For the sake of posterity, let's wrap this thing up.
Somewhere between acceptance to and enrollment in business school, life became totally awesome.
In January, I started dating the most wonderful woman in the world. We worked in the same building, down the hall, and not really together. She's pretty amazing. She makes me happy happy.
In April, I was fired from my job. A mass firing. Seven of 45 or so. Only one who deserved it. Mostly due to cost cutting measures, though my boss would have never said that. She said (in fact, she swore at her remaining employees - literally, f-bombs all over the place) at a post-firing pizza party that we were fired because we didn't appreciate our jobs and didn't fit with where the company was trying to go. (It's going downhill, for the record...two of my seven clients were gone before the month was through.)
The next day, I went to Bloomington. I loved it, quite a bit. I had to tell everyone I worked for a small online marketing company in Northern Michigan rather than, you know, "I got fired yesterday." That was weird.
After pondering the possibilities, I also decided to just go to Bloomington - settle up rather than wondering if I'd get into Chicago from the waiting list. The Cats and the Wolverines had said no, pretty definitively...
Later in April, I got to see my ailing grandfather. I wouldn't have seen him had it not been for losing my job. So that was nice, in a way. He passed away in early May. He was pretty awesome.
In early May, Harps got married. E2 wedding #2, and totally balls to the wall awesome.
In mid-May, I went to Mexico for my lady friend's sister's wedding. Over those four days, "All-inclusive" became my favorite hyphenated word in the English language.
In late May, I accepted an offer to move in with my lady friend, who spent her time in her family's summer cottage, about 35 minutes north of where I was. (Her work commute was, therefore, 45 minutes in the summer and, whoa, an hour-plus in the winter.)
I spent my summer, mostly, sitting on a lake. Sometimes reading. Activities included looking for Bloomington apartments and, say, getting the mail. Mail came by 10:20 a.m. I tried to run just about every day. I mostly read, though. And I watched the MLB draft for about two straight hours. I was busy.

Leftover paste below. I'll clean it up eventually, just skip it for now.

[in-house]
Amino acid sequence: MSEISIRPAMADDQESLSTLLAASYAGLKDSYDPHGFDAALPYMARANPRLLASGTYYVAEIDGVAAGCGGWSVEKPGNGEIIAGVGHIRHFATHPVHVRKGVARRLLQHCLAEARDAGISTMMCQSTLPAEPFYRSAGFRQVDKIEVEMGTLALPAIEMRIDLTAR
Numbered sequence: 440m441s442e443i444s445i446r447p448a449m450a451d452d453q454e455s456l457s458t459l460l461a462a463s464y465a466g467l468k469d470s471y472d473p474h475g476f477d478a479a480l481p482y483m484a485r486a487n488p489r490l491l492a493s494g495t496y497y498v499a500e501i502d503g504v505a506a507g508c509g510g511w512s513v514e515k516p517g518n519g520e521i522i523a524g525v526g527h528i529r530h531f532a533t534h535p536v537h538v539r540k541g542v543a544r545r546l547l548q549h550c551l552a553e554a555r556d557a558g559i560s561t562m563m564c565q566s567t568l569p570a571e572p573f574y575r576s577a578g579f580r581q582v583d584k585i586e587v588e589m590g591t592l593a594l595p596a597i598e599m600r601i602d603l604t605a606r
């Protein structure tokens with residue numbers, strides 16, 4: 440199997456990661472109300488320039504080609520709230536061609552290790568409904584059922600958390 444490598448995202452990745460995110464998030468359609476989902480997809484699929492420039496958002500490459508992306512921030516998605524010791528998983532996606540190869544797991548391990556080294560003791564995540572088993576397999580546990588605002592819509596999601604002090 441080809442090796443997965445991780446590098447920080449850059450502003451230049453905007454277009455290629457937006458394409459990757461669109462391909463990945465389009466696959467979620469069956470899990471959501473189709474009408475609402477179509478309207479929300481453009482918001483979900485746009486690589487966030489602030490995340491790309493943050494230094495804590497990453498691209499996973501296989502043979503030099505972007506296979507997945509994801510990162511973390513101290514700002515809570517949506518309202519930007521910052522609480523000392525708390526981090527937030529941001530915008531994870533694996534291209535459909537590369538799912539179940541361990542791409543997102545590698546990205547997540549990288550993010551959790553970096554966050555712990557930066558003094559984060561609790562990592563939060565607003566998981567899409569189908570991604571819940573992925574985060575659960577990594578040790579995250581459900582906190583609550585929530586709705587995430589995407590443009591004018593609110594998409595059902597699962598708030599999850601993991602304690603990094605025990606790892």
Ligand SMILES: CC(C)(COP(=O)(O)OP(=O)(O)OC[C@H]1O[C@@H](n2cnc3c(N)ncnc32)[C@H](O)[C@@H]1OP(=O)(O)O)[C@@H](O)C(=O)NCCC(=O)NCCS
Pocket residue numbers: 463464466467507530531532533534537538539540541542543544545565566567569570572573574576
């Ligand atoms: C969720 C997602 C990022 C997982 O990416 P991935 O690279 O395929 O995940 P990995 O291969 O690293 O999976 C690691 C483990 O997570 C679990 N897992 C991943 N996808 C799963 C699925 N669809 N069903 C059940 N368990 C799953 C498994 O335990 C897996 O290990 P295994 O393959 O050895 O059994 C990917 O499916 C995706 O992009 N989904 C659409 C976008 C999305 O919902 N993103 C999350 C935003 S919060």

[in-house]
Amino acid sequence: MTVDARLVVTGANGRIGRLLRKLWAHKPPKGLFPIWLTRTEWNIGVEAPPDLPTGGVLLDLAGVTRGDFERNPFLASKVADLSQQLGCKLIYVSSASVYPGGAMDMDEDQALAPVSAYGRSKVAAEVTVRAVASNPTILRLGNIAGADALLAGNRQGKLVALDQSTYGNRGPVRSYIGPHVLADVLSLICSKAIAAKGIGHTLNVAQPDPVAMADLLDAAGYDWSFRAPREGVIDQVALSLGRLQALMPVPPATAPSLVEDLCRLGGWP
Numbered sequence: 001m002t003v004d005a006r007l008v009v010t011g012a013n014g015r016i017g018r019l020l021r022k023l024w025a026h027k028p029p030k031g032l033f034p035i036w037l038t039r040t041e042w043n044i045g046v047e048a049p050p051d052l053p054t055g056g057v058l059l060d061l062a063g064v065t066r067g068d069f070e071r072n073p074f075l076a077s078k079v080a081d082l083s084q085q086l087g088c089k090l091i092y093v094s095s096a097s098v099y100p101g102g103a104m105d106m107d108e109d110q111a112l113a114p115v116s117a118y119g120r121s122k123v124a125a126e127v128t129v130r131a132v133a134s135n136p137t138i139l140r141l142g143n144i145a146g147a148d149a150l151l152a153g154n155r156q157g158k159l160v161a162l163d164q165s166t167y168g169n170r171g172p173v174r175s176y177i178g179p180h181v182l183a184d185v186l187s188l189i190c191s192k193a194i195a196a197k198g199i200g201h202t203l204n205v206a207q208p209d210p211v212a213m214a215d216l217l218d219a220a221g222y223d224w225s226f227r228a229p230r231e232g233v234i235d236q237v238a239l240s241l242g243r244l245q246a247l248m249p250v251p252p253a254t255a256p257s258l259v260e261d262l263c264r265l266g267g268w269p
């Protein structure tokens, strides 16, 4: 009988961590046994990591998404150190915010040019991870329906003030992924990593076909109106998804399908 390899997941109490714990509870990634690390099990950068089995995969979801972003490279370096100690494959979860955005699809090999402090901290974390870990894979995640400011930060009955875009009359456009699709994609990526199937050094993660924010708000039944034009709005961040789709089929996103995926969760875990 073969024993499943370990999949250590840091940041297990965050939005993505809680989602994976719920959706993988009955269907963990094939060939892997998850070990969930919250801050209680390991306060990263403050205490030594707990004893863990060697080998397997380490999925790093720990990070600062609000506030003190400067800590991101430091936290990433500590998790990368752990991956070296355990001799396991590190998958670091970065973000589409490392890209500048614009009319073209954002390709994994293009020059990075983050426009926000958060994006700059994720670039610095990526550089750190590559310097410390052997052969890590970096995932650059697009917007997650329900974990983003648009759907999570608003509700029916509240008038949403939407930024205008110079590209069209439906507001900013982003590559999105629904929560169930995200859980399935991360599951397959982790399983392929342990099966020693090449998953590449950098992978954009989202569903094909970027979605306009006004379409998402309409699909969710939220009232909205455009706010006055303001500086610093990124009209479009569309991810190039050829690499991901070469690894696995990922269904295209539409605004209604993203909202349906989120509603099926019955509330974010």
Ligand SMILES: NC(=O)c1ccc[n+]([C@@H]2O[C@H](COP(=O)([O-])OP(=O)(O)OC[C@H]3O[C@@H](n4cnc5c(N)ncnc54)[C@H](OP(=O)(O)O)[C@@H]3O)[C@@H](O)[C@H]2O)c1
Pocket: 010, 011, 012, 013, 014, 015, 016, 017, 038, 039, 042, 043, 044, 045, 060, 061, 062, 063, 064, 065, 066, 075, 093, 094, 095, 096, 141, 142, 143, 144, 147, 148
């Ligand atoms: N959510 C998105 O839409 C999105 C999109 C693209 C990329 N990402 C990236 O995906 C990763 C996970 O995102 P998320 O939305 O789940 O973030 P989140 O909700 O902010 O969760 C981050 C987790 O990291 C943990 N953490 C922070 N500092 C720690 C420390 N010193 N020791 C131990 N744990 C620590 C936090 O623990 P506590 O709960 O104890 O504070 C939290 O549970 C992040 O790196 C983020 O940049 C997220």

We threw a kickin' barbecue sometime in mid-June. About 10 came over, and we labelled salsa bowls by flavor, as my mom does. It was cool. We drank.
It was pretty apparent that we were pretty much totally and completely in love.
In late June, I proposed. She said yes. There wasn't a ring, so we kept it a secret.
You see, she had already agreed to move to Bloomington with me. I tried to do right by her. But, again, we kept it a secret.
In early July, I was set to formally ask her father for permission. We were golfing. The round was over. It was time. But then I left my pitching wedge, say, at the 7th green. We drove backwards looking for it. It was embarrassing. I didn't ask.
On Monday, July 7, my beautiful fiancee came home from work. She peed on a stick. She cried. I went to the grocery store. I purchased two more pregnancy tests and a Klondike bar. "How are you?" I was asked. "We'll see," I said, trying to smile. The clerk laughed, thankfully.
Monday through Wednesday, we hugged a lot. We cried a lot. We hugged more. We cried more.
Thursday, for some reason, it felt right. It felt good. On Friday morning, we talked for about four hours straight about how excited we were to be parents. After she left for work, I had my fastest run of the summer.
On Friday, July 11, we announced to selected members of the world that a) we were engaged and, b) we were having a baby. Shortly thereafter, it was determined that the wedding would be soon.
Long story short, over the next seven weeks we successfully set a date, got married in front of about 15 friends in a Michigan courthouse, moved to Bloomington, and got married (my dad, an internet reverend, presided) in front of about 70 friends and family members in the beautiful city of Chicago over Labor Day weekend.
From there, I've not had time to breathe. School is tough and exciting. I'm learning more than I could've ever imagined. I'm loving every moment with my wife. Every single moment, for real. And I can't wait to spent the rest of my life with her.
It's a boy. He's awesome.
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For the record, this thing (ed: this blog) was amazing. I love it. I'm also officially out of time.
I'll probably leave it up until the end of the year.
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Also, because I'll never do it again, let's name my albums of the year (I didn't buy much, and haven't listened to much, really):
1) The Hold Steady - Stay Positive
2) Okkervil River - The Stand-Ins
3) Los Campesinos! - Hold On Now, Youngster
4) R.E.M. - Accelerate
5) Spiritualized - Songs in A+E
6) TV On The Radio - Dear Science
7) The Mountain Goats - Heretic Pride
8) Destroyer - Trouble in Dreams
9) Death Cab for Cutie - Narrow Stairs
10) The Walkmen - You and Me
11) Brian Wilson - That Lucky Old Sun
12) Headlights - Some Racing, Some Stopping
13) The Futureheads - This Is Not The World
14) Stephen Malkmus - Real Emotional Trash
15) Born Ruffians - Red, Yellow and Blue
16) Atmosphere - When Life Gives You Lemons, You Paint That Shit Gold
17) The Notwist - The Devil, You + Me
18) Tapes n' Tapes - Walk It Off
Also, The National's Boxer was definitely my album of 2007. Woof.
I'm looking forward to The Killers record, because I have no taste.
And with that, friends, I hereby retire. Officially. Go Cats.